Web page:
I promised to write more about my experience with Shot@Life when I traveled to Washington, D.C. in February to receive training to become a Shot@Life Champion. I have been on the road ever since! It feels like I have only been home for four minutes this month. And, by “this month”, I mean February. I haven’t quite wrapped my head around the fact that it is already March and that March is half over!
Why Shot@Life? I am part of an organization called the General Federation of Women’s Clubs (GFWC), an all-volunteer ladies group that has local clubs all over the United States and beyond. I am the current President of my local Club, and the 2nd Vice President at the State level. One of the organizations that we partner with on the national level is Shot@Life, which is a program of the United Nations Foundation. I met representatives of this group at the last GFWC International meeting in Charlotte, NC this past summer and was immediately impressed with thier simple, yet very real message: That a child dies every 20 seconds from a vaccine-preventable disease. We can give these children a “shot at life” by providing them with vaccines for Pneumonia, Rotovirus (diahrea), Measles, and Polio. It costs $20 to give a child these vaccines. Shot@Life organizes the donations and advocacy around this issue and then uses partners on the ground in the right locations to administer the vaccines. $20 covers all of this. $20 can save a child’s life.
[Click on this image for more information.]
I liked this organization enough to pick up some information to bring back to my clubwomen at home. I leafed through the pamphlets and read some articles online. GFWC offered the opportunity to become an official Shot@Life Champion through an essay contest. Four clubwomen were chosen, and I was one of them.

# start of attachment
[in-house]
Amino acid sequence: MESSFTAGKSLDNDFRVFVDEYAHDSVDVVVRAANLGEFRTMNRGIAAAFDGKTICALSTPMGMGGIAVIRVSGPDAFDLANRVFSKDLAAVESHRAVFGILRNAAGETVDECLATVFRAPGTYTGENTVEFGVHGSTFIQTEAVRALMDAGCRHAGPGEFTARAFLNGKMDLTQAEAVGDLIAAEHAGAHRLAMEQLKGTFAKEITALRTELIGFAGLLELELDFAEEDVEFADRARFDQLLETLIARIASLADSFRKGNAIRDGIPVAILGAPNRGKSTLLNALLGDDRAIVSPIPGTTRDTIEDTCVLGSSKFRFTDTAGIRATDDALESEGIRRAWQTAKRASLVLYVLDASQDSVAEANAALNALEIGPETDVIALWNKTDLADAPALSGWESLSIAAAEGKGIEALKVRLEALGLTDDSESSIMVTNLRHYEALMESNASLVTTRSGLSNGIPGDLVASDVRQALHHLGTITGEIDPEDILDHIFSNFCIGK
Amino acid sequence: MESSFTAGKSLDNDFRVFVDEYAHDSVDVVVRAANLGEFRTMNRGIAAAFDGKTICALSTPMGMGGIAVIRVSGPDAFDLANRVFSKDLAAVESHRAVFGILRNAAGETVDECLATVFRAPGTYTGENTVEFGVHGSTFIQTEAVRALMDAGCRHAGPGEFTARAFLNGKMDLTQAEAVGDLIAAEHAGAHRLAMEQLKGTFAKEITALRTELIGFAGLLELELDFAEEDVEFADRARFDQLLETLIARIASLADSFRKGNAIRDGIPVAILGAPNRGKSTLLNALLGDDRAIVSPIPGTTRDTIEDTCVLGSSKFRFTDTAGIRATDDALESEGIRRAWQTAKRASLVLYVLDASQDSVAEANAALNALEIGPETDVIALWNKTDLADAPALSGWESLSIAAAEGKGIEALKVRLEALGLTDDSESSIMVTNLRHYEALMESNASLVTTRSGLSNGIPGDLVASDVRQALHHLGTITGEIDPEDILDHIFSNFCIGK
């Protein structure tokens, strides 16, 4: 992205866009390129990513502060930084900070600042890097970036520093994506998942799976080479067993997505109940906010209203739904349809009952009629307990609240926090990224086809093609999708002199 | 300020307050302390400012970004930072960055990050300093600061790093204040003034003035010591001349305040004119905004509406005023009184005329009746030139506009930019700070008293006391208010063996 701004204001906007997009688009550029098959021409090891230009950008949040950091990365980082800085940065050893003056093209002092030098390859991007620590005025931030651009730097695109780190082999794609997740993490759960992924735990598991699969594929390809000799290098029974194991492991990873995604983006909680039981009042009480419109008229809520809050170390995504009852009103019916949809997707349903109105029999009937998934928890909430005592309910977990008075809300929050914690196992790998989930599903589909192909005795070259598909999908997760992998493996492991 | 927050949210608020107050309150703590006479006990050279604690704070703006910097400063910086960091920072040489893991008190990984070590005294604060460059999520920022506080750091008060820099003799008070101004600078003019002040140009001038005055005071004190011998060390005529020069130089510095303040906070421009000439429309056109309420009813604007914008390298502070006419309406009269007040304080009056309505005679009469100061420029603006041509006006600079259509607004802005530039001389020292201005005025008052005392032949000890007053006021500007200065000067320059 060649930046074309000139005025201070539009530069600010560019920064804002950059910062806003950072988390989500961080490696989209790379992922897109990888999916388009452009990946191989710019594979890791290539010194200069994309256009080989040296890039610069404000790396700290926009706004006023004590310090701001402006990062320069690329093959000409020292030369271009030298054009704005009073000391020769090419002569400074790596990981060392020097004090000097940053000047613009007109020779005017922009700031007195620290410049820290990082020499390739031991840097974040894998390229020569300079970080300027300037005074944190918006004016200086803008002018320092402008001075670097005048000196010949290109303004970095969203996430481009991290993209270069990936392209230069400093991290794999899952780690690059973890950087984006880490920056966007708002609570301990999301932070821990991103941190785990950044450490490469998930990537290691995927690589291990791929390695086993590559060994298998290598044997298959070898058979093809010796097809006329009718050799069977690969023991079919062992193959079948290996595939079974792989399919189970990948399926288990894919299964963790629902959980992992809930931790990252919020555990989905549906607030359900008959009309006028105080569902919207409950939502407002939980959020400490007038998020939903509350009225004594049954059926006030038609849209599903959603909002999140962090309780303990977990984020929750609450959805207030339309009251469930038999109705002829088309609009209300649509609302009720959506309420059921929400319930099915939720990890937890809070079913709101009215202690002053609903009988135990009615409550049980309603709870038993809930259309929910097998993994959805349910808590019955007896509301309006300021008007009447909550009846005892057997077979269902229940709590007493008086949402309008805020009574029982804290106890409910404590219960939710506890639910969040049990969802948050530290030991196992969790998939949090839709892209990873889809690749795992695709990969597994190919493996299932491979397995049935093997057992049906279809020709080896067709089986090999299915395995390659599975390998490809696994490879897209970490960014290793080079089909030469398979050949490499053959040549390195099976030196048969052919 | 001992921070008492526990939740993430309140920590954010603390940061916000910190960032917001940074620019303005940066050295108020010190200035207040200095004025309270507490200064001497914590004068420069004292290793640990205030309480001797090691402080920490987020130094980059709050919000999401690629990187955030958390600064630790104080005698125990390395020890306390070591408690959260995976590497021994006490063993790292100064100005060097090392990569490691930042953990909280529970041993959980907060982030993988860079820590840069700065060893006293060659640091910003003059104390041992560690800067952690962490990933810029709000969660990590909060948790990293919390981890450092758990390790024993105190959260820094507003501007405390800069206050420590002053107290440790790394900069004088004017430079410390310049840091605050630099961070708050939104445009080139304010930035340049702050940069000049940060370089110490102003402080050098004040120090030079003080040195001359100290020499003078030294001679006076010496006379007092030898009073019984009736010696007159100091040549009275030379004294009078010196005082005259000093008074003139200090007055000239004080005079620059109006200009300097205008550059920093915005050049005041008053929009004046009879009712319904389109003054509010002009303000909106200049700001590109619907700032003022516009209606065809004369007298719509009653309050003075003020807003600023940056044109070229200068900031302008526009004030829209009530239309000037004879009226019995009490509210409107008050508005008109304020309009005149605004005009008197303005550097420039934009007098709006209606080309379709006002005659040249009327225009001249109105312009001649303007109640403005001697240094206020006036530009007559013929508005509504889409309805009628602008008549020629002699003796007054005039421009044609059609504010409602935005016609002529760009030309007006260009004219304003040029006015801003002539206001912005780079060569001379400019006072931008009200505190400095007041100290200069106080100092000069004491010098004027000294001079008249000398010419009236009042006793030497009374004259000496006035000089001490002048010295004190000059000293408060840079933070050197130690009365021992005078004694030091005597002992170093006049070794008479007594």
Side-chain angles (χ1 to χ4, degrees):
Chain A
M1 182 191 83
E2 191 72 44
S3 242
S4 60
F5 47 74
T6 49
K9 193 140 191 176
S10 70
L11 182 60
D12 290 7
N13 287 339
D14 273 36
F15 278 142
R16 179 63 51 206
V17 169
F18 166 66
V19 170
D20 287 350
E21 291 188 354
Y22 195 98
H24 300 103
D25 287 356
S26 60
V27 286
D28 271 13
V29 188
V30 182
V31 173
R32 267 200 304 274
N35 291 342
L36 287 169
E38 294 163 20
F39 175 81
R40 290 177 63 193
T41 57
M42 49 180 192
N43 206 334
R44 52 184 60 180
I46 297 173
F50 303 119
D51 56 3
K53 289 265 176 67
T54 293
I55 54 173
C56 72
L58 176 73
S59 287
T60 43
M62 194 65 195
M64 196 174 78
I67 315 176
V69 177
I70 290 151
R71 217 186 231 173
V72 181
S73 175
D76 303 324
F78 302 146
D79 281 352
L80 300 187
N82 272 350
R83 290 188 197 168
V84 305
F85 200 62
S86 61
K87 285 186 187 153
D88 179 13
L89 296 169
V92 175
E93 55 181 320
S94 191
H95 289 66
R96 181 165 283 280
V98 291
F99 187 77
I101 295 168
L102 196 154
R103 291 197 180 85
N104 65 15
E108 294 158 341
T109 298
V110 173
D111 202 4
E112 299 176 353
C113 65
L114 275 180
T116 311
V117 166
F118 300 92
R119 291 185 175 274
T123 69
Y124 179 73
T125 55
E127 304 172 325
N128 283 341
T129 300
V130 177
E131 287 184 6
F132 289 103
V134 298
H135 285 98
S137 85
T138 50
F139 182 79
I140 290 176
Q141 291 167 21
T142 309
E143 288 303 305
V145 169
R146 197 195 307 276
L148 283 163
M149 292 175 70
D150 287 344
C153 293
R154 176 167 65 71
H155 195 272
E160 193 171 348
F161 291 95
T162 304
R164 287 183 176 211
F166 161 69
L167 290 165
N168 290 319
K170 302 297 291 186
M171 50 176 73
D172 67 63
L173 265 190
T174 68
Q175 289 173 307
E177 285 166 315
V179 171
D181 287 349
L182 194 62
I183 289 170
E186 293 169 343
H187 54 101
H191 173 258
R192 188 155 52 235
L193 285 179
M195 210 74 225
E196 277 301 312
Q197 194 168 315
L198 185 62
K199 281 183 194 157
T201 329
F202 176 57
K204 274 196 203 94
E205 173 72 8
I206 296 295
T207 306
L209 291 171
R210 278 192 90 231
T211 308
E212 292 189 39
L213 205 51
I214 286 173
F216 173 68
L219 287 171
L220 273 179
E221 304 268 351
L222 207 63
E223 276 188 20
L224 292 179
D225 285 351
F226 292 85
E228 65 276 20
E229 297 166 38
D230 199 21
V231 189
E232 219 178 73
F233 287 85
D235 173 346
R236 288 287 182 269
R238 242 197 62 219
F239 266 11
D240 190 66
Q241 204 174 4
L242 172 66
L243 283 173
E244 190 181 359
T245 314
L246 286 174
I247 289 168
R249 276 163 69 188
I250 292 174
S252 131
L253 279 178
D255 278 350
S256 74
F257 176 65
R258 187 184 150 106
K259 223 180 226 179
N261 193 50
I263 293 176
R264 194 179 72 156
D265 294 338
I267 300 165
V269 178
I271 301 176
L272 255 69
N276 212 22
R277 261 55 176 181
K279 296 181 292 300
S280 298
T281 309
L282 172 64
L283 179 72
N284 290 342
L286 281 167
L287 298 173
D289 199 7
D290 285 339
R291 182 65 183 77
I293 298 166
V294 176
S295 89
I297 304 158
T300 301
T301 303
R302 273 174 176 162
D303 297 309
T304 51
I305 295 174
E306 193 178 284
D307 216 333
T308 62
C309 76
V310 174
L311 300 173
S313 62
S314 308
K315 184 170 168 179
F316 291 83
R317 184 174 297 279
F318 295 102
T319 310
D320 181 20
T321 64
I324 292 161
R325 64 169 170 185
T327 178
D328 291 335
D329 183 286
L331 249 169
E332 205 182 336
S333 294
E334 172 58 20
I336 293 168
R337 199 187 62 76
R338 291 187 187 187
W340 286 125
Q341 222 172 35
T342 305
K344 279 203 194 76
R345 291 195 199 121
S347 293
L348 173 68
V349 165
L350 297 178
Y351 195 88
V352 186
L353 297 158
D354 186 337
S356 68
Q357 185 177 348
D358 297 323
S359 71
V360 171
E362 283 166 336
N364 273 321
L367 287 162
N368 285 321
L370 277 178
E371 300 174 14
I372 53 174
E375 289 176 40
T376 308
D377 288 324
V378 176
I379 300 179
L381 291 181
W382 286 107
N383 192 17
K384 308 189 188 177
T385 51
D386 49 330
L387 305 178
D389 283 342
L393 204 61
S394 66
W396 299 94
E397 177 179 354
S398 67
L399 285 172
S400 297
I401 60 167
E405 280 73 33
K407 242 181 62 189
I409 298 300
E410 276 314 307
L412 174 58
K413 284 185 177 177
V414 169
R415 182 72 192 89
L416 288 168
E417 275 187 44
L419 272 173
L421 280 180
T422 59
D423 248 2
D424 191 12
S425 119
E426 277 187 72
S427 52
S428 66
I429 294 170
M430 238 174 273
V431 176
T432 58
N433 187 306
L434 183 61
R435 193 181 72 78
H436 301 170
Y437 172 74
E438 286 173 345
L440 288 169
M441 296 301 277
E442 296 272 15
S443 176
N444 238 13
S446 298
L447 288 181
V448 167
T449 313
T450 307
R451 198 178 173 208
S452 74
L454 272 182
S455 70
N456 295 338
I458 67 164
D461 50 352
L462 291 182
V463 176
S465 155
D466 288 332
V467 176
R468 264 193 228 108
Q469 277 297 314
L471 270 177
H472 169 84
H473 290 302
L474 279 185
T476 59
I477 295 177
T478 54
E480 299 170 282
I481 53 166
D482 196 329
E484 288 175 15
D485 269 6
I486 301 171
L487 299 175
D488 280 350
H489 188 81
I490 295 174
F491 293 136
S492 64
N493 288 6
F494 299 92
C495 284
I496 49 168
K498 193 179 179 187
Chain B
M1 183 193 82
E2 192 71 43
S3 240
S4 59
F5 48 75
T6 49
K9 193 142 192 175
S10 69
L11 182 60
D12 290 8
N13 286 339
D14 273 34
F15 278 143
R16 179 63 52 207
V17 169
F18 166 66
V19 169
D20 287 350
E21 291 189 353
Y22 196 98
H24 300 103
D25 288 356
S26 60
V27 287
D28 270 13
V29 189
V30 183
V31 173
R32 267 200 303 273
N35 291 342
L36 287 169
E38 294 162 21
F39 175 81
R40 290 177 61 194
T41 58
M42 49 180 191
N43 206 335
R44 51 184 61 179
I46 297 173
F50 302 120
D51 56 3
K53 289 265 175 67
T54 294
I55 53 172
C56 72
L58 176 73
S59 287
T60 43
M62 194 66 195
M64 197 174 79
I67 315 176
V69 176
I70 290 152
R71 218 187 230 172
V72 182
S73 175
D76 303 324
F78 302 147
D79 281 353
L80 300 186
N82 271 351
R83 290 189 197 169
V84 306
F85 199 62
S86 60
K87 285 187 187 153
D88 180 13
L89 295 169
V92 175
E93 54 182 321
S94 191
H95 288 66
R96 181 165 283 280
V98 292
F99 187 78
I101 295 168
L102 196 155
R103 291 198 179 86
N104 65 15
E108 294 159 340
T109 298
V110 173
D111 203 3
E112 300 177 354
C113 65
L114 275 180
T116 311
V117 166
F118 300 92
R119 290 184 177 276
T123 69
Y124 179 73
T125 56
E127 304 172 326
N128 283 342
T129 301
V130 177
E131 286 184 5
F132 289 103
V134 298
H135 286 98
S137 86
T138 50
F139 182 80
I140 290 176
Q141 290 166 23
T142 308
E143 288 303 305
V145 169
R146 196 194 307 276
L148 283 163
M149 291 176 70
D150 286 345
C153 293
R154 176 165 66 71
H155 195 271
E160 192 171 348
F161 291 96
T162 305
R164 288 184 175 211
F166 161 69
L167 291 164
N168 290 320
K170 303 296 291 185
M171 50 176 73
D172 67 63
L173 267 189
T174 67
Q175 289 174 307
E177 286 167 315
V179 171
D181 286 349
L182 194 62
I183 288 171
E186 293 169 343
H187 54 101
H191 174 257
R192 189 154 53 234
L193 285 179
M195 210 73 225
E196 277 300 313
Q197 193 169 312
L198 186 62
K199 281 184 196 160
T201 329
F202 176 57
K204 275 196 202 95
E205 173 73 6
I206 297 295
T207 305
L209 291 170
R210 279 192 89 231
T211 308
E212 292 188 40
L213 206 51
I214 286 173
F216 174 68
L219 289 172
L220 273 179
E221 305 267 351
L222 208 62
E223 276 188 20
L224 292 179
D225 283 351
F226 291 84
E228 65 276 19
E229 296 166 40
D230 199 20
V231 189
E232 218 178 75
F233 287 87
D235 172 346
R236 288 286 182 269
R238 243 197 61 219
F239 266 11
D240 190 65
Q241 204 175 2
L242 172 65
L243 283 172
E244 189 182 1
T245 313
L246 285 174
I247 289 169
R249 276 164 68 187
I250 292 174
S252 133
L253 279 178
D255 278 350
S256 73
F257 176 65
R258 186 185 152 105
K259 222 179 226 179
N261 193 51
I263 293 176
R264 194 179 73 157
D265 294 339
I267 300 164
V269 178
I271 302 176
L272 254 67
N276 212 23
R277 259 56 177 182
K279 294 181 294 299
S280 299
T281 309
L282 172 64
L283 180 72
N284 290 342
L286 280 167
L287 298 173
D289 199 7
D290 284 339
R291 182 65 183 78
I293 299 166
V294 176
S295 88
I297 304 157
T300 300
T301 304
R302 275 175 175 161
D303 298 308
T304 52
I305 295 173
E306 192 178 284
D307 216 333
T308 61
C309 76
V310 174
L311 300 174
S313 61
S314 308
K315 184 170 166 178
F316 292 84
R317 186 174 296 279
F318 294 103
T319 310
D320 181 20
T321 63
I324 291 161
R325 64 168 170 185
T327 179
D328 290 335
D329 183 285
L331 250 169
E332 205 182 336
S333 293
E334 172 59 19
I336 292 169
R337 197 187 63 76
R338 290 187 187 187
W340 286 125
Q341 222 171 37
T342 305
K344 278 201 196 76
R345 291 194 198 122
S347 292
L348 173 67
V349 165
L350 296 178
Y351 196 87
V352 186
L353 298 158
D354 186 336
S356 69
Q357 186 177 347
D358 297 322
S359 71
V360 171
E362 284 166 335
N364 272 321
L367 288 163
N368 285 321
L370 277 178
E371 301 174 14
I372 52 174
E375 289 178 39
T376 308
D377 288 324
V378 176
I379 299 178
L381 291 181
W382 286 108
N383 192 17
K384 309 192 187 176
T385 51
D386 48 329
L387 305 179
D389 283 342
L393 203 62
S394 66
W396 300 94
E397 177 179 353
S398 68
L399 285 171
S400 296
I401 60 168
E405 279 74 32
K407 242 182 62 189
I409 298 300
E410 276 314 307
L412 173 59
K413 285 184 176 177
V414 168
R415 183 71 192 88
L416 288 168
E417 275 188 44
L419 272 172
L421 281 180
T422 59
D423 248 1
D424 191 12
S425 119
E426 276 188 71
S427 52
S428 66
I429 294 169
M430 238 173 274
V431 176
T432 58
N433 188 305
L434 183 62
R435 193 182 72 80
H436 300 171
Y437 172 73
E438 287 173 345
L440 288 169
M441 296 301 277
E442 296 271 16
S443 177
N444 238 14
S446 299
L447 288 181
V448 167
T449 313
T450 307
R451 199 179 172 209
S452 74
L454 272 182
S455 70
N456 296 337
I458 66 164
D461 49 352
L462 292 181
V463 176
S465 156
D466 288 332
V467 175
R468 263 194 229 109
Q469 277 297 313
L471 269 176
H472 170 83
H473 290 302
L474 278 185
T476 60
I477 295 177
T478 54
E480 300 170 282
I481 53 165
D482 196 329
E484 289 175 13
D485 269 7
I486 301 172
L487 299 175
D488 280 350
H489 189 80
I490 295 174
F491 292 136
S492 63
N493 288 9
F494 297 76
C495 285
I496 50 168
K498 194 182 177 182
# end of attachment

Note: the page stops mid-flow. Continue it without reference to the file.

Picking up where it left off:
The training itself was outstanding. It was uplifting. It was nothing short of incredible. I met with 100+ other women and men who were from a number of different organizations around the country who all had the same idea close to their hearts: Let’s save lives by bringing this program back to our friends, family, and others. Let’s use our networks to spread the word around the internet and blogosphere, and garner interest from our Senators and Representatives in promoting children’s health issues at the gobal level.
This summit took place in Washington, D.C. So, one day, we went to Capitol Hill. I was able to meet with the offices of Senators John Thune (R) and Tim Johnson (D) of South Dakota as well as three senators from New Jersey. All of the people that we met with received us and our information well. Since there isn’t current legislation involving children’s global health issues, I’m not sure that we will see much action on the part of the Congresspeople that we met with, but these meetings were an opening, and a reason to invite those who represent our states to local events that we hold in the future. They were also a way for us to say, “What can we do for you?”. I don’t think that our people in Congress hear this very often. Is there any way that we can help to serve the people of our states with regards to children’s health issues? I know of at least one Champion who has been asked to serve on a comittee back in their state. That’s something!